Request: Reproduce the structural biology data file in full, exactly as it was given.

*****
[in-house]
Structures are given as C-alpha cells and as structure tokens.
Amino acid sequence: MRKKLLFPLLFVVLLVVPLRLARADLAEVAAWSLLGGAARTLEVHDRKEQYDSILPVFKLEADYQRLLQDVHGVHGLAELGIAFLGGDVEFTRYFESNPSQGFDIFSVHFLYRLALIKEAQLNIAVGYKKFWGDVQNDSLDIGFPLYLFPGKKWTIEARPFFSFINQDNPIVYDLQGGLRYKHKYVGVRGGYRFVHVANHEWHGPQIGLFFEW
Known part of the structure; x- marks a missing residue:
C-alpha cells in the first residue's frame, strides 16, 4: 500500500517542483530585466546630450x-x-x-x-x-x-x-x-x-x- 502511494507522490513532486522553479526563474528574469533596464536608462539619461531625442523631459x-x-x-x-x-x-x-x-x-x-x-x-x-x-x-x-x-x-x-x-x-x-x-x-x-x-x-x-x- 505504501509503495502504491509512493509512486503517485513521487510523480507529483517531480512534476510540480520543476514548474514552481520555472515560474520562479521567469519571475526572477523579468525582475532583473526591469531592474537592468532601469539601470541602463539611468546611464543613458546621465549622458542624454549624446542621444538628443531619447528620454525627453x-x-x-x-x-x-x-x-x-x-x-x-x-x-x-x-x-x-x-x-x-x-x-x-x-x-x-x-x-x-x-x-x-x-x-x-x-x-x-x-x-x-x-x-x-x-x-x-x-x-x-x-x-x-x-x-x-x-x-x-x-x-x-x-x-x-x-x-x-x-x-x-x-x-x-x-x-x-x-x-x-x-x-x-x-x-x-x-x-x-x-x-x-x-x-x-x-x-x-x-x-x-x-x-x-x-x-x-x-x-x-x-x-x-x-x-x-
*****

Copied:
[in-house]
Structures are given as C-alpha cells and as structure tokens.
Amino acid sequence: MRKKLLFPLLFVVLLVVPLRLARADLAEVAAWSLLGGAARTLEVHDRKEQYDSILPVFKLEADYQRLLQDVHGVHGLAELGIAFLGGDVEFTRYFESNPSQGFDIFSVHFLYRLALIKEAQLNIAVGYKKFWGDVQNDSLDIGFPLYLFPGKKWTIEARPFFSFINQDNPIVYDLQGGLRYKHKYVGVRGGYRFVHVANHEWHGPQIGLFFEW
Known part of the structure; x- marks a missing residue:
C-alpha cells in the first residue's frame, strides 16, 4: 500500500517542483530585466546630450x-x-x-x-x-x-x-x-x-x- 502511494507522490513532486522553479526563474528574469533596464536608462539619461531625442523631459x-x-x-x-x-x-x-x-x-x-x-x-x-x-x-x-x-x-x-x-x-x-x-x-x-x-x-x-x- 505504501509503495502504491509512493509512486503517485513521487510523480507529483517531480512534476510540480520543476514548474514552481520555472515560474520562479521567469519571475526572477523579468525582475532583473526591469531592474537592468532601469539601470541602463539611468546611464543613458546621465549622458542624454549624446542621444538628443531619447528620454525627453x-x-x-x-x-x-x-x-x-x-x-x-x-x-x-x-x-x-x-x-x-x-x-x-x-x-x-x-x-x-x-x-x-x-x-x-x-x-x-x-x-x-x-x-x-x-x-x-x-x-x-x-x-x-x-x-x-x-x-x-x-x-x-x-x-x-x-x-x-x-x-x-x-x-x-x-x-x-x-x-x-x-x-x-x-x-x-x-x-x-x-x-x-x-x-x-x-x-x-x-x-x-x-x-x-x-x-x-x-x-x-x-x-x-x-x-x-